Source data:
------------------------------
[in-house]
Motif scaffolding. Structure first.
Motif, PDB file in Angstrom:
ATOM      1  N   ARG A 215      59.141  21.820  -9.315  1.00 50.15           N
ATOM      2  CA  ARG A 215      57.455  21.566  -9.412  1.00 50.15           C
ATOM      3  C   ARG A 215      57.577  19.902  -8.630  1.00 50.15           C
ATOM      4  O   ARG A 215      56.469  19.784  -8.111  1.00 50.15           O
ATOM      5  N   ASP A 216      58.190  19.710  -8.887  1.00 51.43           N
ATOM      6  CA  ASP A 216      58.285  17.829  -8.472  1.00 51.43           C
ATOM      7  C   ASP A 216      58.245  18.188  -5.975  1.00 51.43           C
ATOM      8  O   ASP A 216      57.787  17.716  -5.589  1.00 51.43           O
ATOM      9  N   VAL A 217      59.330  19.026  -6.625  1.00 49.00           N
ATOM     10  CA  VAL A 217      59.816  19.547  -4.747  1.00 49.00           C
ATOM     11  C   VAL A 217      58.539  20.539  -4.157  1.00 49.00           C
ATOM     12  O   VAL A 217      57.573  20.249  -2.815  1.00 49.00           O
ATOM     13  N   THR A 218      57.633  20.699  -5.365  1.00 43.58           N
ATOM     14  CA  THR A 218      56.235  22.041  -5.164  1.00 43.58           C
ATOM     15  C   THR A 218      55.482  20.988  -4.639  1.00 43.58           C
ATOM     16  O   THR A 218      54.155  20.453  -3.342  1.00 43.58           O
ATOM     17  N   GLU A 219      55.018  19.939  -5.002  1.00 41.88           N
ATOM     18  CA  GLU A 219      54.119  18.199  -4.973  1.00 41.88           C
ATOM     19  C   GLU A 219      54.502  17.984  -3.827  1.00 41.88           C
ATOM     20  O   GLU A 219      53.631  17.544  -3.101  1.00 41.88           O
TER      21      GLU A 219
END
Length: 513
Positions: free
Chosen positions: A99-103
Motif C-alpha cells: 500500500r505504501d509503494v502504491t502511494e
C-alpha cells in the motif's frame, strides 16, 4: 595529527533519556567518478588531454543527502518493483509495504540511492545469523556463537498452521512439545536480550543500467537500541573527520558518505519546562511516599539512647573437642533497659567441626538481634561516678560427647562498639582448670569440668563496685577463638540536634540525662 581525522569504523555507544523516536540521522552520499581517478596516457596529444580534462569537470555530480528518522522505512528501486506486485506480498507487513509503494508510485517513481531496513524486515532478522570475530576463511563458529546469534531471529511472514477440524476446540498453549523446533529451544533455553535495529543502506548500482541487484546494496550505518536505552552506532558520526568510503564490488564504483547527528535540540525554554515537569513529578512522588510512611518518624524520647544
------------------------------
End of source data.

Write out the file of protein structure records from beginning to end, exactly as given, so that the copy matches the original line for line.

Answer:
[in-house]
Motif scaffolding. Structure first.
Motif, PDB file in Angstrom:
ATOM      1  N   ARG A 215      59.141  21.820  -9.315  1.00 50.15           N
ATOM      2  CA  ARG A 215      57.455  21.566  -9.412  1.00 50.15           C
ATOM      3  C   ARG A 215      57.577  19.902  -8.630  1.00 50.15           C
ATOM      4  O   ARG A 215      56.469  19.784  -8.111  1.00 50.15           O
ATOM      5  N   ASP A 216      58.190  19.710  -8.887  1.00 51.43           N
ATOM      6  CA  ASP A 216      58.285  17.829  -8.472  1.00 51.43           C
ATOM      7  C   ASP A 216      58.245  18.188  -5.975  1.00 51.43           C
ATOM      8  O   ASP A 216      57.787  17.716  -5.589  1.00 51.43           O
ATOM      9  N   VAL A 217      59.330  19.026  -6.625  1.00 49.00           N
ATOM     10  CA  VAL A 217      59.816  19.547  -4.747  1.00 49.00           C
ATOM     11  C   VAL A 217      58.539  20.539  -4.157  1.00 49.00           C
ATOM     12  O   VAL A 217      57.573  20.249  -2.815  1.00 49.00           O
ATOM     13  N   THR A 218      57.633  20.699  -5.365  1.00 43.58           N
ATOM     14  CA  THR A 218      56.235  22.041  -5.164  1.00 43.58           C
ATOM     15  C   THR A 218      55.482  20.988  -4.639  1.00 43.58           C
ATOM     16  O   THR A 218      54.155  20.453  -3.342  1.00 43.58           O
ATOM     17  N   GLU A 219      55.018  19.939  -5.002  1.00 41.88           N
ATOM     18  CA  GLU A 219      54.119  18.199  -4.973  1.00 41.88           C
ATOM     19  C   GLU A 219      54.502  17.984  -3.827  1.00 41.88           C
ATOM     20  O   GLU A 219      53.631  17.544  -3.101  1.00 41.88           O
TER      21      GLU A 219
END
Length: 513
Positions: free
Chosen positions: A99-103
Motif C-alpha cells: 500500500r505504501d509503494v502504491t502511494e
C-alpha cells in the motif's frame, strides 16, 4: 595529527533519556567518478588531454543527502518493483509495504540511492545469523556463537498452521512439545536480550543500467537500541573527520558518505519546562511516599539512647573437642533497659567441626538481634561516678560427647562498639582448670569440668563496685577463638540536634540525662 581525522569504523555507544523516536540521522552520499581517478596516457596529444580534462569537470555530480528518522522505512528501486506486485506480498507487513509503494508510485517513481531496513524486515532478522570475530576463511563458529546469534531471529511472514477440524476446540498453549523446533529451544533455553535495529543502506548500482541487484546494496550505518536505552552506532558520526568510503564490488564504483547527528535540540525554554515537569513529578512522588510512611518518624524520647544